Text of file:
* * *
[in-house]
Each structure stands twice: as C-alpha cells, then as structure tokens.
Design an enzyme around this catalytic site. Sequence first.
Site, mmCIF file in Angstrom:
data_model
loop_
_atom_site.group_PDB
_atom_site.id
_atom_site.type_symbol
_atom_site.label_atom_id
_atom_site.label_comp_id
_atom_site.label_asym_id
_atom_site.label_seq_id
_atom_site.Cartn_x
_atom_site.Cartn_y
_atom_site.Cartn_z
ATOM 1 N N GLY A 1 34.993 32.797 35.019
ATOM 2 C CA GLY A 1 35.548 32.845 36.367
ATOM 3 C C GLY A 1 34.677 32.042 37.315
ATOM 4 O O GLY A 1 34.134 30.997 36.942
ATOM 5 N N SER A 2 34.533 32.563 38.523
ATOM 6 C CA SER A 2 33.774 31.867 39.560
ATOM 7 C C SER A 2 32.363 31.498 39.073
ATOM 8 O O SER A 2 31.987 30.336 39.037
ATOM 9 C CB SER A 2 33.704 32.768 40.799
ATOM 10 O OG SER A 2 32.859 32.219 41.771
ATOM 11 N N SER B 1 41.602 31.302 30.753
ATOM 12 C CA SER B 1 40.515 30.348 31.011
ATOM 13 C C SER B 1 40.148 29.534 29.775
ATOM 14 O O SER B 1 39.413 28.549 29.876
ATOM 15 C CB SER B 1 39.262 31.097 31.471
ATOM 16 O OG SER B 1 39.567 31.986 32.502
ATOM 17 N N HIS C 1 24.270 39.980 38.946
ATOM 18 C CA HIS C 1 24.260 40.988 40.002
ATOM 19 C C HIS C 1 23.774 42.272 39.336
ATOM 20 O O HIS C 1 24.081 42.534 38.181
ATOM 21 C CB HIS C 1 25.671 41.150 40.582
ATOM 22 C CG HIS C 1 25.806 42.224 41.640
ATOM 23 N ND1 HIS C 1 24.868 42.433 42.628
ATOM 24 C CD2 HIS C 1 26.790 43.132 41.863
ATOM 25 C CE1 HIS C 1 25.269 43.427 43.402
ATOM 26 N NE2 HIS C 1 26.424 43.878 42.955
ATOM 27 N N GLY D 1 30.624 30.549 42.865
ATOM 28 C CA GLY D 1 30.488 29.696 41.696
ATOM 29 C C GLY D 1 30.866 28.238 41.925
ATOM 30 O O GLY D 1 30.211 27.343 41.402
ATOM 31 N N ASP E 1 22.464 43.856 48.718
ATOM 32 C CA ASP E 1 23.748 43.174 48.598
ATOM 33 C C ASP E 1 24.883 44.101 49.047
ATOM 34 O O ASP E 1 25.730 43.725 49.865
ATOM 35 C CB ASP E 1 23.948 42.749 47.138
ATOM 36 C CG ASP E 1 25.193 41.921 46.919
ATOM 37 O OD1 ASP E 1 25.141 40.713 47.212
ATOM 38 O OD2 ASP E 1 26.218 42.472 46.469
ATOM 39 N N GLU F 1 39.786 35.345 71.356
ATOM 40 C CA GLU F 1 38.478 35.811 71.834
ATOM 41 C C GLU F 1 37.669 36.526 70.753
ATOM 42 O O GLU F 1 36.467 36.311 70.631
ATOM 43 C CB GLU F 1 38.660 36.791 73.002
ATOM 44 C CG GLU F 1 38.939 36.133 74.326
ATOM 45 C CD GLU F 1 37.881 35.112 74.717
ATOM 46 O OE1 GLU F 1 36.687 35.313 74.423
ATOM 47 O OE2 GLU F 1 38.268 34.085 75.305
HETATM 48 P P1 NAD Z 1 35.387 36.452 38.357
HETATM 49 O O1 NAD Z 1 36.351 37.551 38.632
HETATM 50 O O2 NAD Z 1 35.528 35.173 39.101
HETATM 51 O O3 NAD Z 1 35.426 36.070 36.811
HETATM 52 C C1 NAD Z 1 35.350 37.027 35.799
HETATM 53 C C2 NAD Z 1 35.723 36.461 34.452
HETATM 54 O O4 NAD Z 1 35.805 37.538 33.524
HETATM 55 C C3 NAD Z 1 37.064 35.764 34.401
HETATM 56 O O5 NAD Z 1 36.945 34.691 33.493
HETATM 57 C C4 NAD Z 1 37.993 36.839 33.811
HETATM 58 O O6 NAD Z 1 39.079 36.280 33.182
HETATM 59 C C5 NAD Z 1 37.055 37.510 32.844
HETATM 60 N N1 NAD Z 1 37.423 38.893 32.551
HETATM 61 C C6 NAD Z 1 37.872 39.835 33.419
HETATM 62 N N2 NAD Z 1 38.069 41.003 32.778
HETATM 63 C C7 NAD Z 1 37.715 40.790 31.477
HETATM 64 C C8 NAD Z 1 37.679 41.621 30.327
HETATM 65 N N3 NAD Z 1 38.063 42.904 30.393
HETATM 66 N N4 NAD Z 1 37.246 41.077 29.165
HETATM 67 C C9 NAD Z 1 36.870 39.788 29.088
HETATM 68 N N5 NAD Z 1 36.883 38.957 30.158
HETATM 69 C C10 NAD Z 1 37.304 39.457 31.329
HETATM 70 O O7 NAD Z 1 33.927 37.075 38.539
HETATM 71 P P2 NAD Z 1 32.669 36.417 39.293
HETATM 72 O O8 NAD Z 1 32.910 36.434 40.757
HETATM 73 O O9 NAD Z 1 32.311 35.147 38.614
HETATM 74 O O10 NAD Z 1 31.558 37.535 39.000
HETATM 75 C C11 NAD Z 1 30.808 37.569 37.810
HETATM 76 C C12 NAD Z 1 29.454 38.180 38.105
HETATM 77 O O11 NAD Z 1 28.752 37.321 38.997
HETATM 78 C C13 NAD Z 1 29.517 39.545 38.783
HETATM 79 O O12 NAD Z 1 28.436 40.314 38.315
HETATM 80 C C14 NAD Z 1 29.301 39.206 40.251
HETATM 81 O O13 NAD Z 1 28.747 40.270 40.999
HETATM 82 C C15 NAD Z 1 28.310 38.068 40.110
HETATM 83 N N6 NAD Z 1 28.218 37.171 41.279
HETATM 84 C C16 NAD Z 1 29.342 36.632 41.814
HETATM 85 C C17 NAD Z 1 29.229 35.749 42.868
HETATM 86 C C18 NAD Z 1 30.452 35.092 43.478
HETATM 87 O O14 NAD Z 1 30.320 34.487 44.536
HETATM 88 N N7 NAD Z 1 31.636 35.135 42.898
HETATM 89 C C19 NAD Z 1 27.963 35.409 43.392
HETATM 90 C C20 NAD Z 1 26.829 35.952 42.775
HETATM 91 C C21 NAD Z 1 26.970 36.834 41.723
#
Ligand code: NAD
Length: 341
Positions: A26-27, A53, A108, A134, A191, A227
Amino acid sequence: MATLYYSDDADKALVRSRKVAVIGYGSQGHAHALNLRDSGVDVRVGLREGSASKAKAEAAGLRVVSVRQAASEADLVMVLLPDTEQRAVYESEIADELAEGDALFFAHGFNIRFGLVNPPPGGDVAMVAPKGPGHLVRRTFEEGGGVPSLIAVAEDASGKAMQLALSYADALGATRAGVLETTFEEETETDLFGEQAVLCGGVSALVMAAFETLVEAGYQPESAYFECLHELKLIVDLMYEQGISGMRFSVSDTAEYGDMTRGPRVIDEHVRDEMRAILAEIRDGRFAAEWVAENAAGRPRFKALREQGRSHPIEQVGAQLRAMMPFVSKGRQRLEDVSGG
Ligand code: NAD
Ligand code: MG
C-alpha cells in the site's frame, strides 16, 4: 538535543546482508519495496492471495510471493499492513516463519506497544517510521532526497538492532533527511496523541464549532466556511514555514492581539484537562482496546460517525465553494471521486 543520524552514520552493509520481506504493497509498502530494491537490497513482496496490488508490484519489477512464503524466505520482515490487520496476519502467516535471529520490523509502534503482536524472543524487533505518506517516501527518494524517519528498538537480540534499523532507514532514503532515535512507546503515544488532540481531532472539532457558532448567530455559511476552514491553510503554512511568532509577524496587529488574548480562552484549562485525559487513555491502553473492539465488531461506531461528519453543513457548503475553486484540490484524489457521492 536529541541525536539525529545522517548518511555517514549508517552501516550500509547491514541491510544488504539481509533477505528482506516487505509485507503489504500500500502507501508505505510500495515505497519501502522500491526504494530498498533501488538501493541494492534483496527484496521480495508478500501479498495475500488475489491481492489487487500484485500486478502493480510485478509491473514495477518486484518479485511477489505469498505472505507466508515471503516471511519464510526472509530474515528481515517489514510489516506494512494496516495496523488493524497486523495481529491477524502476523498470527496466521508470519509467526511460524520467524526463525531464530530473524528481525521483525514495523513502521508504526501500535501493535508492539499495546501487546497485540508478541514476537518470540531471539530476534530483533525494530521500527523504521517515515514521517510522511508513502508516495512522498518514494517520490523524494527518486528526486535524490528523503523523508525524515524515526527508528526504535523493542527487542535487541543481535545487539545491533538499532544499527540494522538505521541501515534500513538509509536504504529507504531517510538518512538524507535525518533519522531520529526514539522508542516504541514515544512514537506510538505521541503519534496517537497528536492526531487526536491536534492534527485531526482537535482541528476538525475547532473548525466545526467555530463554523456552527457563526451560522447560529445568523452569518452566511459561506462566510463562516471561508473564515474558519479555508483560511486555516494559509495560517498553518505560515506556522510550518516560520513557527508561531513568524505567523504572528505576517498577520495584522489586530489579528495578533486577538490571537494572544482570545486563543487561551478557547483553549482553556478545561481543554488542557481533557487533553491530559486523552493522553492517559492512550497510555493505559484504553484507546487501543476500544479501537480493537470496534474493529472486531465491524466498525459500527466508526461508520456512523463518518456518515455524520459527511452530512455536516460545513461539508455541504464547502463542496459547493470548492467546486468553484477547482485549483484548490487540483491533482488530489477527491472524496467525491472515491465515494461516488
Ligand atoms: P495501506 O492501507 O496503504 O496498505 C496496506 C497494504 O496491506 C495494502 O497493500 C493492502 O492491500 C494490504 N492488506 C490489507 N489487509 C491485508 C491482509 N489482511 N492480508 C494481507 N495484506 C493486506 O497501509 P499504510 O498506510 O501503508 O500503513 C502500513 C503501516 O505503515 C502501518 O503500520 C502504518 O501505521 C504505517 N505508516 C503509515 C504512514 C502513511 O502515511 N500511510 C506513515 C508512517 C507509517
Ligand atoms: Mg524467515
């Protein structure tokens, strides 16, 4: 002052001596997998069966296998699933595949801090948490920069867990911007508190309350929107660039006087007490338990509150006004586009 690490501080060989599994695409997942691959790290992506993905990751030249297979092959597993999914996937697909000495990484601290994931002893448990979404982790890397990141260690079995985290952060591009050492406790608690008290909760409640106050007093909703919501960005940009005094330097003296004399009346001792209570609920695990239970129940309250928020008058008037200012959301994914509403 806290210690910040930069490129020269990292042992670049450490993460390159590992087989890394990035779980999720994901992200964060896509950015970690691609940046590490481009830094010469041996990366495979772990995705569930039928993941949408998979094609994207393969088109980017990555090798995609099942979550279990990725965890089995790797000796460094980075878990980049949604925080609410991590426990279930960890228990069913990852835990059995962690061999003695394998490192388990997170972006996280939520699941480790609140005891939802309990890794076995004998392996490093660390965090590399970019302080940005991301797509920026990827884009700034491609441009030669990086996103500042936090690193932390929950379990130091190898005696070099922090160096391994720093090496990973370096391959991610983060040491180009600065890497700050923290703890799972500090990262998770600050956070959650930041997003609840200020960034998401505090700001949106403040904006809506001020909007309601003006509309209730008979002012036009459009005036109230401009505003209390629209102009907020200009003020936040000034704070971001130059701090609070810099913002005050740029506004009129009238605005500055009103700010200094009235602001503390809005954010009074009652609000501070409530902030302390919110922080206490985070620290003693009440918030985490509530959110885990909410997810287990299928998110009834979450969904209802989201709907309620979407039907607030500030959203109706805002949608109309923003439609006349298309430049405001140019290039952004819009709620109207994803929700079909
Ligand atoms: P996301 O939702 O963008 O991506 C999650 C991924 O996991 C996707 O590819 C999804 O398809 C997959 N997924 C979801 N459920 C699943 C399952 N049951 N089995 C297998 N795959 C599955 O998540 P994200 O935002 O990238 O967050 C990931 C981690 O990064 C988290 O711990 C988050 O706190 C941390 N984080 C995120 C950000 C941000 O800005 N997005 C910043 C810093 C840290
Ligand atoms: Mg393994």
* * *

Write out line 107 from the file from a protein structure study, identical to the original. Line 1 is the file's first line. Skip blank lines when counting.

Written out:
HETATM 91 C C21 NAD Z 1 26.970 36.834 41.723